How to use possessive adjectives in German: A practical guide

One way to learn possessive German adjectives is to print out a German possessive adjective chart to study every night before bedtime - but for some of us, this is a safe way to give yourself nightmares of someone yelling at you in German “MEIN! DEIN! NEIN!” So we have a much better solution!

Everyone has their own unique learning style and the best way to succeed at language learning is to incorporate more than one way. If black-on-white charts work for you, that’s great! We’ll cover that for you - but if you’re looking for a different learning style, we have a little story for you that will hopefully make learning possessive German adjectives a breeze.

Those of us who aren’t big grammar buffs might be asking ourselves “What are possessive adjectives in German and why do I even need them?”

We promise knowing them will come in handy when you find yourself in a German-speaking country, testing out your German skills in person because you’ll soon realize that it’s almost impossible to have a conversation without possessive adjectives!

What are possessive adjectives in German?

Learning German isn’t always easy, especially when it comes to complex grammar, but we’ll show you that possessive German adjectives are a lot more simple than they sound.

A possessive adjective is an adjective that attributes ownership to its respective noun: My, your, his, her, its, our, their.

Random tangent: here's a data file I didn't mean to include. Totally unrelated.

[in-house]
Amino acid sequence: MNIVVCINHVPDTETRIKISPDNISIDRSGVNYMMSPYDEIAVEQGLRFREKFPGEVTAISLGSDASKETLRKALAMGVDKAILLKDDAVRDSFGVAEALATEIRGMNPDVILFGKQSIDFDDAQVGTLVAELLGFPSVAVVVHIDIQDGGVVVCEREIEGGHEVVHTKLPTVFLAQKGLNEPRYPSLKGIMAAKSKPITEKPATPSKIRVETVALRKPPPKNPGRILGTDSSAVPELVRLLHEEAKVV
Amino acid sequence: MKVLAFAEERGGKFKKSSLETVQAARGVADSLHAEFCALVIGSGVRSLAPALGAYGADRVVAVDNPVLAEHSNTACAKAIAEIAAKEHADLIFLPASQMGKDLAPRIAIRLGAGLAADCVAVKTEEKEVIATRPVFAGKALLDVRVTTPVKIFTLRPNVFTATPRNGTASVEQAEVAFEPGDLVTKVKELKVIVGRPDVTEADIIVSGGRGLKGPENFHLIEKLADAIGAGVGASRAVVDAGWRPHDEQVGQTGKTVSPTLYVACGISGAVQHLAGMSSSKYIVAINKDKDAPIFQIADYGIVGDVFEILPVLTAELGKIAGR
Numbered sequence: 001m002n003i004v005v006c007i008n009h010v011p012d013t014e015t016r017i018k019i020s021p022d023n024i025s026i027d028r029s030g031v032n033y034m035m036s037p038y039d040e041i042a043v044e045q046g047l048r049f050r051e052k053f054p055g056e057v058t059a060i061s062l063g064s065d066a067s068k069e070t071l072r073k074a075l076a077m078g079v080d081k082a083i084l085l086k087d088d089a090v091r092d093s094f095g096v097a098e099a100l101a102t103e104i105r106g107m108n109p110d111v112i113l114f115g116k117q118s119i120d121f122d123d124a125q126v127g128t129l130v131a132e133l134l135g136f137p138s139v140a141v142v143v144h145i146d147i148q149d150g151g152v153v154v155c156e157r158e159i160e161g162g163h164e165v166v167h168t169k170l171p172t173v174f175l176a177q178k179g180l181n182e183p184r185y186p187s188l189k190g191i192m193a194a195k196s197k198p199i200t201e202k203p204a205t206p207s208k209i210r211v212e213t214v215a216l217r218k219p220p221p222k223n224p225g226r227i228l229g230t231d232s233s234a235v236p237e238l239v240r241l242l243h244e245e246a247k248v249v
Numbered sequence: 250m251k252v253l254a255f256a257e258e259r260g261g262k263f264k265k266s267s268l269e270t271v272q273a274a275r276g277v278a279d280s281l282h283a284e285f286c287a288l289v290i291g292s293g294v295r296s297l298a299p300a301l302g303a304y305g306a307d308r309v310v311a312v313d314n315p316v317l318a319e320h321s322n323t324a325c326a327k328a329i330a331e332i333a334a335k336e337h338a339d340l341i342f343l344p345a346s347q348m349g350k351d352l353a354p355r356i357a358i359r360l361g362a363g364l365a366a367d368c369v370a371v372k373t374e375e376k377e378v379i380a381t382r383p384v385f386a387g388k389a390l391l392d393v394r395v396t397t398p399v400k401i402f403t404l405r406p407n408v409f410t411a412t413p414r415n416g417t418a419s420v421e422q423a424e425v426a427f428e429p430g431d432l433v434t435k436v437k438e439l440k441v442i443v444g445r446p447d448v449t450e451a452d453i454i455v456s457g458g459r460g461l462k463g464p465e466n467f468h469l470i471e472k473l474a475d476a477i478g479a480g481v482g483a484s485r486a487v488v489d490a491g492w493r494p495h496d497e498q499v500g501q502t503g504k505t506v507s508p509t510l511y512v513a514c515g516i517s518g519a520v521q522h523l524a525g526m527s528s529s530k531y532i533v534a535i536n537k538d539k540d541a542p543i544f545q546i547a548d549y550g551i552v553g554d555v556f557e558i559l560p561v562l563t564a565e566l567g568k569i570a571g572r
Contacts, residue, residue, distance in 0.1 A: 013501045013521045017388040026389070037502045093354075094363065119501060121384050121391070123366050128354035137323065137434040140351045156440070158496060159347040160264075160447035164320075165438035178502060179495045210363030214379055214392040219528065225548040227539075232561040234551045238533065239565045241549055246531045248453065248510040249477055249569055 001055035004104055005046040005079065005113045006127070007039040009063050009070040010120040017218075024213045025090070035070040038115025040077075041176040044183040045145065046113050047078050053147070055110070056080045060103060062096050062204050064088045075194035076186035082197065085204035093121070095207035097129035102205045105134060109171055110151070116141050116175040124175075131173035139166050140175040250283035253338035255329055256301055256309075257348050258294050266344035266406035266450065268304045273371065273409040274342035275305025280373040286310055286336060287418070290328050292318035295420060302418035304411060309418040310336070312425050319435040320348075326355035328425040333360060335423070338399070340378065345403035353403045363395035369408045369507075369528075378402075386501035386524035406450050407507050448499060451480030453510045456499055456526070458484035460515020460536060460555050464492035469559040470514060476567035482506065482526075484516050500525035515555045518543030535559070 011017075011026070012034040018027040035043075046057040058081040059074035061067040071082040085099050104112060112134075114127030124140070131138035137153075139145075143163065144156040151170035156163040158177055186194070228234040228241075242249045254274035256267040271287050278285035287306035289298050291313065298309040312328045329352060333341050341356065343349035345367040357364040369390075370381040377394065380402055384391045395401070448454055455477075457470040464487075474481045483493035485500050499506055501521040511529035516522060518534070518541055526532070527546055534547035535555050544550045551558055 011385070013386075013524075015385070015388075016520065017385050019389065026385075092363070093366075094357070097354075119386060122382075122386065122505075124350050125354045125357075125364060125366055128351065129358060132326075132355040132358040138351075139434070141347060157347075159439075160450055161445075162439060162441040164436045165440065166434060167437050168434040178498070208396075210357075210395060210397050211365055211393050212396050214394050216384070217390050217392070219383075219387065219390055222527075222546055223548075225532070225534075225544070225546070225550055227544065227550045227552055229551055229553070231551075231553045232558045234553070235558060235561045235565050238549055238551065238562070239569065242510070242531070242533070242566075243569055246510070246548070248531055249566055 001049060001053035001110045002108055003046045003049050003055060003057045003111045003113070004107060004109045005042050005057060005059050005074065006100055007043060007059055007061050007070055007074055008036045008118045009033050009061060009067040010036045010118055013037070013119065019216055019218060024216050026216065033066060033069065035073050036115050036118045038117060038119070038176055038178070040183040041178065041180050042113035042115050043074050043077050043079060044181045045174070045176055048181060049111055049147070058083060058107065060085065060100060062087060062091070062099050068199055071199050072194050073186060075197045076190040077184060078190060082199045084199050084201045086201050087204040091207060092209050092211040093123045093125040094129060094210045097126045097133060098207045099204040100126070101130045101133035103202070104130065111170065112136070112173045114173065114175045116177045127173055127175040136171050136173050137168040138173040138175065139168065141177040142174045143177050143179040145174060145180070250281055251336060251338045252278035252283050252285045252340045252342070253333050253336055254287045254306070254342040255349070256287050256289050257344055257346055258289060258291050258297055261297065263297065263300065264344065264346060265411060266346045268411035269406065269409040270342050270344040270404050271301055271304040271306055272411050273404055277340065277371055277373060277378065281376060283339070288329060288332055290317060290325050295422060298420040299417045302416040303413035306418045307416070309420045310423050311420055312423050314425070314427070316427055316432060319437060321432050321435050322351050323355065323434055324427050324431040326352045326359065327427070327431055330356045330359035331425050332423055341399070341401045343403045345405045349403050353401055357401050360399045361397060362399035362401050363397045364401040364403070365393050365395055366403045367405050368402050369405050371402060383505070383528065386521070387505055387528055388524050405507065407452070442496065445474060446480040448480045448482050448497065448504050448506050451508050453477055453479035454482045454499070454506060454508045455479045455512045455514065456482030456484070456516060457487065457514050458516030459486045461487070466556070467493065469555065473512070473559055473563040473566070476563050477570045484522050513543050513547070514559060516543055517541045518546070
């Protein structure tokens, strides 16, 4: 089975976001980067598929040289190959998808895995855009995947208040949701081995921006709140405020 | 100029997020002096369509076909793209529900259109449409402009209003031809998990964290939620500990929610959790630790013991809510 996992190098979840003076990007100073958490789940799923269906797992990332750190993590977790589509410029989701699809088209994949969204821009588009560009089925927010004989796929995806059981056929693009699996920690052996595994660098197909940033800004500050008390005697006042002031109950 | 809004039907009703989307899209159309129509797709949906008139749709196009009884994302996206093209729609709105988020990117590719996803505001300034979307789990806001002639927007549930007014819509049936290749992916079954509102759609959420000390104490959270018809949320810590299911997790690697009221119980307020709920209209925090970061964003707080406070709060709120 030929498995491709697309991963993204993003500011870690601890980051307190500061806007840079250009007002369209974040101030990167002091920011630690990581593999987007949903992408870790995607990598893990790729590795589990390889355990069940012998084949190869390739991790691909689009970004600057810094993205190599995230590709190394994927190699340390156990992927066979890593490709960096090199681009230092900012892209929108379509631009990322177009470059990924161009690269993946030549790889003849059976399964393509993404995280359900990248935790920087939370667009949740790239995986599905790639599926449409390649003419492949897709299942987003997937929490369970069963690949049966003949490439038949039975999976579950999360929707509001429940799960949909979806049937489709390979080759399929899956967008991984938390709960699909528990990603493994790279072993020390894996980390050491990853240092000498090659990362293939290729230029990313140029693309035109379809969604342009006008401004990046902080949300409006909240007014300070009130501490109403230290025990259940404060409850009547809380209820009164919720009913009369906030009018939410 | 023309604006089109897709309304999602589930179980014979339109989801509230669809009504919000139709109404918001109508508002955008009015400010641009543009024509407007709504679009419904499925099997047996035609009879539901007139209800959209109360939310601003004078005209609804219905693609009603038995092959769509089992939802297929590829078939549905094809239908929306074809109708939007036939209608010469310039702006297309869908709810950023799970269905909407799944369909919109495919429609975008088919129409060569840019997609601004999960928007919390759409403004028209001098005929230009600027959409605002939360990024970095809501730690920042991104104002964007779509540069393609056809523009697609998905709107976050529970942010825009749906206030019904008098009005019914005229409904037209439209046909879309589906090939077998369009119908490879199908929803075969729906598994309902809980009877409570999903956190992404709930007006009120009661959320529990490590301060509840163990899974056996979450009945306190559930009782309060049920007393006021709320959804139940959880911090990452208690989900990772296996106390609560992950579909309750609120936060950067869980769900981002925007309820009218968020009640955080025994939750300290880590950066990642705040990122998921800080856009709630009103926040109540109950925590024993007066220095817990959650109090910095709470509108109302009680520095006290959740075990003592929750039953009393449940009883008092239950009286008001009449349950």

Let’s say you successfully completed your last day of German class. Congratulations!

You and two of your new friends from class have been saving up to fly to Germany, where you’ll mingle with the locals to practice your German. You’re especially excited about the delicious German food but before you even make it out of the airport, you're already facing your first challenge!

You have just collected your suitcase when your friend Santiago spots his: “Das ist meiner”, he says in German (That one is mine) - but poor Irina is still waiting for hers. After a long time, the carousel stops. Oh nein!

You all walk up to the Lost & Found and Irina tells the nice man there: “Mein Koffer war nicht auf dem Gepäckband.” (My suitcase was not on the baggage carousel).

Mein Koffer war nicht auf dem Gepäckband.

What’s the difference between possessive adjectives vs possessive pronouns?

Sometimes a distinction is made between possessive adjectives and possessive pronouns.

Adjectives describe a noun or give it a certain attribute. In this case that’s the noun’s possession. Irina is looking for her suitcase. The suitcase is the noun and the possessive adjective “mein” tells the other person whose suitcase is lost.

Possessive adjective: Mein

Maybe you still remember from our fun guide to 9 different types of German pronouns that pronouns always replace a noun. So when your friend Santiago said “Das ist meiner”, he could have also said “Das ist mein Koffer” but the pronoun “meiner” replaced the “Koffer”.

Possessive pronoun: Meiner

Note that in German, possessive adjectives are also usually categorized as possessive pronouns, specifically as adjectivally used possessive pronouns.

German possessive adjectives

Your suitcase is your suitcase, Santiago’s suitcase is his suitcase, and Irina’s suitcase is hers - lost or otherwise.

Here is a German possessive adjective chart that will help you figure out exactly which possessive adjectives go with which possessors.